This pathetic response only underscores the subservience of the Obama administration to the Wall Street banks and the financial oligarchy that rules this country and controls both big business parties. Like his Republican predecessor, from the beginning of the financial breakdown Obama has done everything to shore up the position of the banks. No executive of any major bank has been sent to jail, and any “debt relief” has been coordinated with Wall Street to preserve its profit interests.
The Obama White House had consistently opposed any reduction in the principal of outstanding mortgages. Whatever write-downs have been included in “targeted relief” programs like the Home Affordable Modification Program, have been chiefly voluntary for the banks, which have extorted huge sums in public assets in exchange. The Treasury Department reportedly offered Fannie Mae and Freddie Mac as much as 63 cents for each dollar of principal reduction. Finally, the administration’s two major programs have only helped a fraction of the 11 million borrowers currently underwater.
Since the bursting of the speculative bubble, millions of workers have lost their homes, and there is no end in sight. Just this week, the foreclosure-tracking firm RealtyTrac reported that foreclosure filings in large US cities like Philadelphia, Chicago, Tampa and New York City rose almost 60 percent in the first half of 2012. More than 1 million homes in these metropolitan areas received notices of default, auction or repossession.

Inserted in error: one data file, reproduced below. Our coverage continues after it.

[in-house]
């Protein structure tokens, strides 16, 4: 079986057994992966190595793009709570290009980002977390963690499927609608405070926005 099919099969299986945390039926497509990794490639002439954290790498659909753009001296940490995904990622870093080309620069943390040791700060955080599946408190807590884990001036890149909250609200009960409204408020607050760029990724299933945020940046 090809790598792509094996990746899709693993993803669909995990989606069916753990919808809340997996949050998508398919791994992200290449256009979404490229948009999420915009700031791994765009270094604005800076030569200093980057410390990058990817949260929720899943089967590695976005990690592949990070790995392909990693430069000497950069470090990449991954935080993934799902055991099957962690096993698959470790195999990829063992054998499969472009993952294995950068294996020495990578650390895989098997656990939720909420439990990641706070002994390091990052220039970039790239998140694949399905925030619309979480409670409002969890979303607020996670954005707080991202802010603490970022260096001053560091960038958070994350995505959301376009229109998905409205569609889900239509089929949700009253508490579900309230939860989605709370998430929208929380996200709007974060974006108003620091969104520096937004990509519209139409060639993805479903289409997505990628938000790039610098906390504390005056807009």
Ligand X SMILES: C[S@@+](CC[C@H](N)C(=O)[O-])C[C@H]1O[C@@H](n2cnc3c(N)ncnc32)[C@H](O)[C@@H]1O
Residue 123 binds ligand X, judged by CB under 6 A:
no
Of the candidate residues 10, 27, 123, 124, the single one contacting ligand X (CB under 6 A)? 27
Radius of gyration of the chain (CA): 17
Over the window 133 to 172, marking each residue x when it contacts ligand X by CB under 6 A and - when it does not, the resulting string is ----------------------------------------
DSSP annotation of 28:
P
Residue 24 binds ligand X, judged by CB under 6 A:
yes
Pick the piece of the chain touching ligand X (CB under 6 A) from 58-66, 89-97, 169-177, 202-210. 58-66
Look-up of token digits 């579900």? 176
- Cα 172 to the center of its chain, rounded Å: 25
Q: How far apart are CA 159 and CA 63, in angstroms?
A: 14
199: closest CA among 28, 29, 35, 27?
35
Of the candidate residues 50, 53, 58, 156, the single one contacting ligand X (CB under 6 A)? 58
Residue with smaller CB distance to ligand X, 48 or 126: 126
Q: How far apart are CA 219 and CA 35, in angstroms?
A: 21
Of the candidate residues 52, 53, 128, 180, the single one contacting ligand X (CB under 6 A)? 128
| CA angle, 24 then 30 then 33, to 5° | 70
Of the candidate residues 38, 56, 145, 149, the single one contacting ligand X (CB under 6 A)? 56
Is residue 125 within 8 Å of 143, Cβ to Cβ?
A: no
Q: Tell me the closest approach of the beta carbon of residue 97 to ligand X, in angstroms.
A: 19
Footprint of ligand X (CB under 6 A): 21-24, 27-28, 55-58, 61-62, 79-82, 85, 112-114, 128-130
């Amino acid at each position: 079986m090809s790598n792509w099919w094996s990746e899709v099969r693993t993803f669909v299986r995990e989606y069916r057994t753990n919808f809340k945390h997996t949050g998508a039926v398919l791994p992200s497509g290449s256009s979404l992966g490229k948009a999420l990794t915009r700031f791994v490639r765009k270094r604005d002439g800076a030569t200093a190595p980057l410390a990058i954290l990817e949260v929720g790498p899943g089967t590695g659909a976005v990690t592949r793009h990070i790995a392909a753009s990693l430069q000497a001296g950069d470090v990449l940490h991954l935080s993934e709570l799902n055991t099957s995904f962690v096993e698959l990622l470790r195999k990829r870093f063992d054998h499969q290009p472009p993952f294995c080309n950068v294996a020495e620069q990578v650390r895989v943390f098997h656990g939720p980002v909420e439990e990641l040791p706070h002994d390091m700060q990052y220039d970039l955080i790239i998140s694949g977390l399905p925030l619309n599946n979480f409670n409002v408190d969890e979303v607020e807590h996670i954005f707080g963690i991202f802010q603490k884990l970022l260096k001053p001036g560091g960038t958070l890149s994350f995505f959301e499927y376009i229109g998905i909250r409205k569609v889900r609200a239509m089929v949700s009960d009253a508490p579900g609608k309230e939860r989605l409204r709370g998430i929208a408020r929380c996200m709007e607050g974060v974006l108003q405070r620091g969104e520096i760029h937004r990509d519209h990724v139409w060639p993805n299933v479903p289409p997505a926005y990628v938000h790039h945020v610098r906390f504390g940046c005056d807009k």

Amidst a social crisis more severe than any seen since the Great Depression of the 1930s, President Obama and his Republican challenger, Mitt Romney, are indifferent to the immense levels of social suffering caused by the capitalist system they defend. No matter which big business politician wins in November, these events underscore once again that the banks exercise a complete monopoly over economic and political life.
As the presidential candidate of the Socialist Equality Party, I call for an immediate halt to all foreclosures and evictions. All mortgages should be restructured to affordable levels, indexed to income and employment status.
The social right to decent and affordable housing for all can only be assured by placing the home-building and financing industry under public ownership, and pouring hundreds of billions of dollars in public funds into the construction of new homes and apartments and the renovation of existing buildings.
The economic dictatorship of Wall Street banks—which are sucking up the wealth created by the collective labor of the working class all over the world—must be broken. Not a single social need can be met as long as these institutions remain under private control. The banks and other big financial institutions must be expropriated, with full protection of small depositors, placed under public ownership and operated under the democratic control of the working class.